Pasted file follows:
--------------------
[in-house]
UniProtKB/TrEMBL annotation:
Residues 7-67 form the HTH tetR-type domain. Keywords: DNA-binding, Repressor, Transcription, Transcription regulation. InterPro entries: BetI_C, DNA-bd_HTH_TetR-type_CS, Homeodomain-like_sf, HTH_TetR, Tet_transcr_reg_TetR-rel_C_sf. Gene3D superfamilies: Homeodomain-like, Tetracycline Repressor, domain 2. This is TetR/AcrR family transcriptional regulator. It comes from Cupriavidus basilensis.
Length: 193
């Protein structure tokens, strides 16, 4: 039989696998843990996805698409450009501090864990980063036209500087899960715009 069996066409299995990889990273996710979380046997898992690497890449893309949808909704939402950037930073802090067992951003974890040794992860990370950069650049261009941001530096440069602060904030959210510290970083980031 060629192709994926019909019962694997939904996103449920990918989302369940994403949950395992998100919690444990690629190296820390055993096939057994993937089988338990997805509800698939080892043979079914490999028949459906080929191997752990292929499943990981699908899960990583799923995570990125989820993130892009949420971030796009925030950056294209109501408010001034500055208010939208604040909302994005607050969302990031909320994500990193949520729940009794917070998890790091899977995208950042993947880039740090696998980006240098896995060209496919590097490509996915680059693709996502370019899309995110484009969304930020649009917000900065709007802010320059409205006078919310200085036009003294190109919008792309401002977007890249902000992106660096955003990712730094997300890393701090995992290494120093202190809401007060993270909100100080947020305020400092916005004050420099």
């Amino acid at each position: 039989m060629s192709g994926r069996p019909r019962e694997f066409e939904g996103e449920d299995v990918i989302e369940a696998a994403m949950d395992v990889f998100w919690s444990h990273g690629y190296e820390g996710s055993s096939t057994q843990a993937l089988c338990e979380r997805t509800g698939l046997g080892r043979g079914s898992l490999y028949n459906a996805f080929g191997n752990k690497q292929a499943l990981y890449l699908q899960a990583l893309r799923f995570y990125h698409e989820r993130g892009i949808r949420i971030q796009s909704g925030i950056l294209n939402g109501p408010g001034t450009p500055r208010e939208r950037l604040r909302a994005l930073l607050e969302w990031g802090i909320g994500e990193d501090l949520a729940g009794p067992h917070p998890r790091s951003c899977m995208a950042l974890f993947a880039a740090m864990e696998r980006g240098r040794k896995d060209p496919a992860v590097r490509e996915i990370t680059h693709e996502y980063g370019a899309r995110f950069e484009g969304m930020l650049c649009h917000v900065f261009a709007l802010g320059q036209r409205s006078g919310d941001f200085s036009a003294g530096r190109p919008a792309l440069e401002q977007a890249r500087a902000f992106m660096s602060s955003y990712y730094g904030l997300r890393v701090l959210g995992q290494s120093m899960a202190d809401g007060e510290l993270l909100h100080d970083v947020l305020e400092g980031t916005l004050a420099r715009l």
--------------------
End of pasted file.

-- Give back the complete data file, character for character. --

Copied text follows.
[in-house]
UniProtKB/TrEMBL annotation:
Residues 7-67 form the HTH tetR-type domain. Keywords: DNA-binding, Repressor, Transcription, Transcription regulation. InterPro entries: BetI_C, DNA-bd_HTH_TetR-type_CS, Homeodomain-like_sf, HTH_TetR, Tet_transcr_reg_TetR-rel_C_sf. Gene3D superfamilies: Homeodomain-like, Tetracycline Repressor, domain 2. This is TetR/AcrR family transcriptional regulator. It comes from Cupriavidus basilensis.
Length: 193
């Protein structure tokens, strides 16, 4: 039989696998843990996805698409450009501090864990980063036209500087899960715009 069996066409299995990889990273996710979380046997898992690497890449893309949808909704939402950037930073802090067992951003974890040794992860990370950069650049261009941001530096440069602060904030959210510290970083980031 060629192709994926019909019962694997939904996103449920990918989302369940994403949950395992998100919690444990690629190296820390055993096939057994993937089988338990997805509800698939080892043979079914490999028949459906080929191997752990292929499943990981699908899960990583799923995570990125989820993130892009949420971030796009925030950056294209109501408010001034500055208010939208604040909302994005607050969302990031909320994500990193949520729940009794917070998890790091899977995208950042993947880039740090696998980006240098896995060209496919590097490509996915680059693709996502370019899309995110484009969304930020649009917000900065709007802010320059409205006078919310200085036009003294190109919008792309401002977007890249902000992106660096955003990712730094997300890393701090995992290494120093202190809401007060993270909100100080947020305020400092916005004050420099």
């Amino acid at each position: 039989m060629s192709g994926r069996p019909r019962e694997f066409e939904g996103e449920d299995v990918i989302e369940a696998a994403m949950d395992v990889f998100w919690s444990h990273g690629y190296e820390g996710s055993s096939t057994q843990a993937l089988c338990e979380r997805t509800g698939l046997g080892r043979g079914s898992l490999y028949n459906a996805f080929g191997n752990k690497q292929a499943l990981y890449l699908q899960a990583l893309r799923f995570y990125h698409e989820r993130g892009i949808r949420i971030q796009s909704g925030i950056l294209n939402g109501p408010g001034t450009p500055r208010e939208r950037l604040r909302a994005l930073l607050e969302w990031g802090i909320g994500e990193d501090l949520a729940g009794p067992h917070p998890r790091s951003c899977m995208a950042l974890f993947a880039a740090m864990e696998r980006g240098r040794k896995d060209p496919a992860v590097r490509e996915i990370t680059h693709e996502y980063g370019a899309r995110f950069e484009g969304m930020l650049c649009h917000v900065f261009a709007l802010g320059q036209r409205s006078g919310d941001f200085s036009a003294g530096r190109p919008a792309l440069e401002q977007a890249r500087a902000f992106m660096s602060s955003y990712y730094g904030l997300r890393v701090l959210g995992q290494s120093m899960a202190d809401g007060e510290l993270l909100h100080d970083v947020l305020e400092g980031t916005l004050a420099r715009l």